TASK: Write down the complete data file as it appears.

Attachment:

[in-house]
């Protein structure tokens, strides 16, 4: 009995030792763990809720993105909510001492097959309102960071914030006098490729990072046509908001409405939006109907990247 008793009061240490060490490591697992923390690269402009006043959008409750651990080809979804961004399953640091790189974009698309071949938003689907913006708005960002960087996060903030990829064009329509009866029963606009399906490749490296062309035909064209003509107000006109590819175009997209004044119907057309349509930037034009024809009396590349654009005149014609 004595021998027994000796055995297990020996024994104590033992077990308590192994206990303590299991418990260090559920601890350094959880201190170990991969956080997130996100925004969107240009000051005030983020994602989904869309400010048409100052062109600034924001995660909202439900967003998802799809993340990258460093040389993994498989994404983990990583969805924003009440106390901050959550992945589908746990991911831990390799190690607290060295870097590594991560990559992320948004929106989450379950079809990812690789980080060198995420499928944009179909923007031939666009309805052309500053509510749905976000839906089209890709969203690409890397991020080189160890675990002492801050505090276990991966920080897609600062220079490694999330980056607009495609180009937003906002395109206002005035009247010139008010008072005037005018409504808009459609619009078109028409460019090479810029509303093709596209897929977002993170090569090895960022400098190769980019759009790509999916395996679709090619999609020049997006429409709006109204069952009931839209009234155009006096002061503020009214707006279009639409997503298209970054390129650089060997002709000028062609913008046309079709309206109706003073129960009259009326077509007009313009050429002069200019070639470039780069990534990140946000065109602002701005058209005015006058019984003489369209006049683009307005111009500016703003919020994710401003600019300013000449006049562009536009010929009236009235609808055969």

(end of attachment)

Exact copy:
[in-house]
């Protein structure tokens, strides 16, 4: 009995030792763990809720993105909510001492097959309102960071914030006098490729990072046509908001409405939006109907990247 008793009061240490060490490591697992923390690269402009006043959008409750651990080809979804961004399953640091790189974009698309071949938003689907913006708005960002960087996060903030990829064009329509009866029963606009399906490749490296062309035909064209003509107000006109590819175009997209004044119907057309349509930037034009024809009396590349654009005149014609 004595021998027994000796055995297990020996024994104590033992077990308590192994206990303590299991418990260090559920601890350094959880201190170990991969956080997130996100925004969107240009000051005030983020994602989904869309400010048409100052062109600034924001995660909202439900967003998802799809993340990258460093040389993994498989994404983990990583969805924003009440106390901050959550992945589908746990991911831990390799190690607290060295870097590594991560990559992320948004929106989450379950079809990812690789980080060198995420499928944009179909923007031939666009309805052309500053509510749905976000839906089209890709969203690409890397991020080189160890675990002492801050505090276990991966920080897609600062220079490694999330980056607009495609180009937003906002395109206002005035009247010139008010008072005037005018409504808009459609619009078109028409460019090479810029509303093709596209897929977002993170090569090895960022400098190769980019759009790509999916395996679709090619999609020049997006429409709006109204069952009931839209009234155009006096002061503020009214707006279009639409997503298209970054390129650089060997002709000028062609913008046309079709309206109706003073129960009259009326077509007009313009050429002069200019070639470039780069990534990140946000065109602002701005058209005015006058019984003489369209006049683009307005111009500016703003919020994710401003600019300013000449006049562009536009010929009236009235609808055969």